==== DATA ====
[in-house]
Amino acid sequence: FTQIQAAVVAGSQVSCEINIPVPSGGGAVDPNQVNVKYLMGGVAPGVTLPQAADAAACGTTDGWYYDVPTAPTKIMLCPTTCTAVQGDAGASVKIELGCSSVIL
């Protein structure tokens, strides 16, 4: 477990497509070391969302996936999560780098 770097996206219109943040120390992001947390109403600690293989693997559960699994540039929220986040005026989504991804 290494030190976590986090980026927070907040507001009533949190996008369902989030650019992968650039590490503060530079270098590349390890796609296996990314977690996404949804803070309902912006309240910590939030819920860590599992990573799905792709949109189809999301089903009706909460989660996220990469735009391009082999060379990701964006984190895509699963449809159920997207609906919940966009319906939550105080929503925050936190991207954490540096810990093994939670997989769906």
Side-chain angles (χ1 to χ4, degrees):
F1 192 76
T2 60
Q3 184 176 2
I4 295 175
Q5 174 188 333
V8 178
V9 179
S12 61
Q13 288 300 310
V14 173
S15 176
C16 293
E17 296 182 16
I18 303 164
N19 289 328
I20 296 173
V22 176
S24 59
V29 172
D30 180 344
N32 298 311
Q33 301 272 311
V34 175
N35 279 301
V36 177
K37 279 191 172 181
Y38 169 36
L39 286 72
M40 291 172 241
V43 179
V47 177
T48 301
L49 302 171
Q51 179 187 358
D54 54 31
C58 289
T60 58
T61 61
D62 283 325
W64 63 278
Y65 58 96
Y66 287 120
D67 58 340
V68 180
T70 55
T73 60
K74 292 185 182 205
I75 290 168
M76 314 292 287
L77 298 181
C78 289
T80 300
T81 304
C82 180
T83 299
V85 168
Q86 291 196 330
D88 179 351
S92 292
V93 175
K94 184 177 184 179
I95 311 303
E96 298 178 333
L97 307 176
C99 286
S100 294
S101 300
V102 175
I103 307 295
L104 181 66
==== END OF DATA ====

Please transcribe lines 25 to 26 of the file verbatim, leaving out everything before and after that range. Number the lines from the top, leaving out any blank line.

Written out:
N32 298 311
Q33 301 272 311